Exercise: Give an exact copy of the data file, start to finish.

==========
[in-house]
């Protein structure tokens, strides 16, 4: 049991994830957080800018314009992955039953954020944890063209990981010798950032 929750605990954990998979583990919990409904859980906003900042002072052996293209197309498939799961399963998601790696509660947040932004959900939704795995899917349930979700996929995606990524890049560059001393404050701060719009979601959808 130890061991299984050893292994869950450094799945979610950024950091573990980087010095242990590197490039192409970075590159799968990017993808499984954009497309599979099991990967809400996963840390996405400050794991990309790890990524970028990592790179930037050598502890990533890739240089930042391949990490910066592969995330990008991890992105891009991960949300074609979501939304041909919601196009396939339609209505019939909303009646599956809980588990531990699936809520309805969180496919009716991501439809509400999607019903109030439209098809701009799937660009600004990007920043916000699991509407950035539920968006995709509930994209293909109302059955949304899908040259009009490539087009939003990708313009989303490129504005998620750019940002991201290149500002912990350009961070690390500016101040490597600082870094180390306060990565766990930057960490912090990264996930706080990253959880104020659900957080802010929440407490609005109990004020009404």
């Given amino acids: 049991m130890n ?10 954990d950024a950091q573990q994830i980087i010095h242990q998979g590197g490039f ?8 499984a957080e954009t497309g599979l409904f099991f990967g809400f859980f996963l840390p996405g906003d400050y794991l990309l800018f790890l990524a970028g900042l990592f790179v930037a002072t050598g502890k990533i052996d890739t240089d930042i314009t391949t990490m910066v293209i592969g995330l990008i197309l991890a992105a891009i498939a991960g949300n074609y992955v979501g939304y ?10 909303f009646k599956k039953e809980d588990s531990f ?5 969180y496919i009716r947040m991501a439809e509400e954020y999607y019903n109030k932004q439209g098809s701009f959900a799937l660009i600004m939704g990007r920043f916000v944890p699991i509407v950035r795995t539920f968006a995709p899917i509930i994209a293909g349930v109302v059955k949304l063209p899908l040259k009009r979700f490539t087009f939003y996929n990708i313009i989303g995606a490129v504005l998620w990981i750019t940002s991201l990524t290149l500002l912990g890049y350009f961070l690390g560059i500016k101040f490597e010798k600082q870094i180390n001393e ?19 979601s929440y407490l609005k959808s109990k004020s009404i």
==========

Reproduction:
[in-house]
């Protein structure tokens, strides 16, 4: 049991994830957080800018314009992955039953954020944890063209990981010798950032 929750605990954990998979583990919990409904859980906003900042002072052996293209197309498939799961399963998601790696509660947040932004959900939704795995899917349930979700996929995606990524890049560059001393404050701060719009979601959808 130890061991299984050893292994869950450094799945979610950024950091573990980087010095242990590197490039192409970075590159799968990017993808499984954009497309599979099991990967809400996963840390996405400050794991990309790890990524970028990592790179930037050598502890990533890739240089930042391949990490910066592969995330990008991890992105891009991960949300074609979501939304041909919601196009396939339609209505019939909303009646599956809980588990531990699936809520309805969180496919009716991501439809509400999607019903109030439209098809701009799937660009600004990007920043916000699991509407950035539920968006995709509930994209293909109302059955949304899908040259009009490539087009939003990708313009989303490129504005998620750019940002991201290149500002912990350009961070690390500016101040490597600082870094180390306060990565766990930057960490912090990264996930706080990253959880104020659900957080802010929440407490609005109990004020009404």
């Given amino acids: 049991m130890n ?10 954990d950024a950091q573990q994830i980087i010095h242990q998979g590197g490039f ?8 499984a957080e954009t497309g599979l409904f099991f990967g809400f859980f996963l840390p996405g906003d400050y794991l990309l800018f790890l990524a970028g900042l990592f790179v930037a002072t050598g502890k990533i052996d890739t240089d930042i314009t391949t990490m910066v293209i592969g995330l990008i197309l991890a992105a891009i498939a991960g949300n074609y992955v979501g939304y ?10 909303f009646k599956k039953e809980d588990s531990f ?5 969180y496919i009716r947040m991501a439809e509400e954020y999607y019903n109030k932004q439209g098809s701009f959900a799937l660009i600004m939704g990007r920043f916000v944890p699991i509407v950035r795995t539920f968006a995709p899917i509930i994209a293909g349930v109302v059955k949304l063209p899908l040259k009009r979700f490539t087009f939003y996929n990708i313009i989303g995606a490129v504005l998620w990981i750019t940002s991201l990524t290149l500002l912990g890049y350009f961070l690390g560059i500016k101040f490597e010798k600082q870094i180390n001393e ?19 979601s929440y407490l609005k959808s109990k004020s009404i």